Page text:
US Secretary of Defense Lloyd Austin tells Asian security summit that ‘conflict is neither imminent nor inevitable’ and lines of communication with China are crucial.
Chinese military officials were scathing of a speech made by United States Secretary of Defense Lloyd Austin at the Shangri-La Dialogue in Singapore in which he said Washington was deeply concerned by China’s unwillingness to engage in crisis management, warning that talks are key to avoiding conflict.
Speaking at Asia’s top security summit on Saturday, Austin said that open lines of communication between US and Chinese defence and military leaders were essential to avoid conflict and bolster stability in the Asia Pacific region.
“I am deeply concerned that the PRC [People’s Republic of China] has been unwilling to engage more seriously on better mechanisms for crisis management between our two militaries,” Austin told the meeting in Singapore.
“The more that we talk, the more that we can avoid the misunderstandings and miscalculations that could lead to crisis or conflict,” he said.
Austin made specific mention of Chinese planes making “risky intercepts of US and allied aircraft flying lawfully in international airspace”.
“We won’t be deterred by dangerous operational behaviour at sea or in international airspace,” he wrote in a series of tweets summarising his speech to the summit.
“Open lines of communication with the People’s Republic of China are essential – especially between our defense and military leaders,” he said in another tweet.
“For responsible defense leaders, the right time to talk is any time, the right time to talk is every time, and the right time to talk is now,” he said.
“Dialogue is not a reward. It is a necessity.”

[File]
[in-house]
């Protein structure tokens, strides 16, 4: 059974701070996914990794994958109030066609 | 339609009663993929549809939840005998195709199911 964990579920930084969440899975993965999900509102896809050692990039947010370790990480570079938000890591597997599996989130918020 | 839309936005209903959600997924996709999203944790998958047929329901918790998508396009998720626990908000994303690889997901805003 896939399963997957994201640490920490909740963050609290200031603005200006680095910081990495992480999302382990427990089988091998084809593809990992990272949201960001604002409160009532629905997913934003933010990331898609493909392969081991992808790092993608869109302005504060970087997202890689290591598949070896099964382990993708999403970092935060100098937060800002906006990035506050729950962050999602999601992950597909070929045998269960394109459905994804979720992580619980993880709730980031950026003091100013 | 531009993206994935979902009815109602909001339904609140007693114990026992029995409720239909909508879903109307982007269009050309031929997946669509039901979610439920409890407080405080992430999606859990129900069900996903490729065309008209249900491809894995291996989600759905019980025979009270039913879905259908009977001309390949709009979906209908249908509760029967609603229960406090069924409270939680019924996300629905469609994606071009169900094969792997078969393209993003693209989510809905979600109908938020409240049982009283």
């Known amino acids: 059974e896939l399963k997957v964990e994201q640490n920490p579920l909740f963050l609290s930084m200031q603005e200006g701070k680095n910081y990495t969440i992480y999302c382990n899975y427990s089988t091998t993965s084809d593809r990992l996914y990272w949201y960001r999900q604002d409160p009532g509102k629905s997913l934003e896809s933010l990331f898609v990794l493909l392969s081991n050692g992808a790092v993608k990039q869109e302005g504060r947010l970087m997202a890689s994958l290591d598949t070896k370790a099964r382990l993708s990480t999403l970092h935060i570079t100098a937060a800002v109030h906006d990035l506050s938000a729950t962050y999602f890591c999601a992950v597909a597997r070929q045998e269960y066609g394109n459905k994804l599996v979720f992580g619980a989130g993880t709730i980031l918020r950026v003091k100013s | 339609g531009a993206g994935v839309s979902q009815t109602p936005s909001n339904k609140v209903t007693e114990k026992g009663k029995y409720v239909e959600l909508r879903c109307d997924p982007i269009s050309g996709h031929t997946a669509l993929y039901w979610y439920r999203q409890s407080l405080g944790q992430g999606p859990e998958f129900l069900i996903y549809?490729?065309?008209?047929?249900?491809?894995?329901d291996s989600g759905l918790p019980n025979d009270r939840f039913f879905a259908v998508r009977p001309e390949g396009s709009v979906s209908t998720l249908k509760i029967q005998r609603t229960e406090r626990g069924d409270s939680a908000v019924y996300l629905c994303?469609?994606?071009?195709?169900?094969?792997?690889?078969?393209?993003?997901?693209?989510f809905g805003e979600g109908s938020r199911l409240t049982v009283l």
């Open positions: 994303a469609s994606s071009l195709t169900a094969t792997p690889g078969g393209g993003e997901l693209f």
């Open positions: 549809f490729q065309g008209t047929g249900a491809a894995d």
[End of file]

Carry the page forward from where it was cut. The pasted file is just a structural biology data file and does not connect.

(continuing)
The Chinese delegation was swift to respond to Austin’s speech, with Senior Colonel Tan Hefei, spokesperson for China’s defence ministry, saying that the Pentagon chief “made several false accusations” in his remarks.
Another Chinese delegation member, Senior Colonel Zhao Xiaozhuo, said Washington should not tell China what to do.
“What we do in the Chinese military is based on maintaining the core interests of China’s security, which is fundamental,” he told reporters.
China’s Lieutenant General Jing Jianfeng took particular issue with Austin’s references to Taiwan, according to the South China Morning Post (SCMP).
“The US’s comments on Taiwan ignore the facts, distort the truth and are completely wrong,” Jing said on the sidelines of the summit, according to the SCMP. “First, there’s only one China in the world, and Taiwan is a sacred and inalienable part of Chinese territory,” Jing said.
“Jing accused the US of hollowing out the one-China principle … by strengthening exchanges between US and Taiwanese officials, condoning Taiwanese separatist activities and selling more and more capable weapons to Taiwan,” the SCMP reported.
“The Chinese PLA Army stands fully prepared and ready to firmly defend China’s sovereignty, reunification and territorial integrity at any time,” Jing said, according to the SCMP.
Relations between Beijing and Washington are at their lowest point in decades with both China and the US deeply divided over everything from the sovereignty of Taiwan to maritime disputes in the South China Sea.
Austin also pointed to Russia’s invasion of Ukraine in his speech, saying it was an example of “how dangerous our world would become if big countries could just invade their peaceful neighbours with impunity”.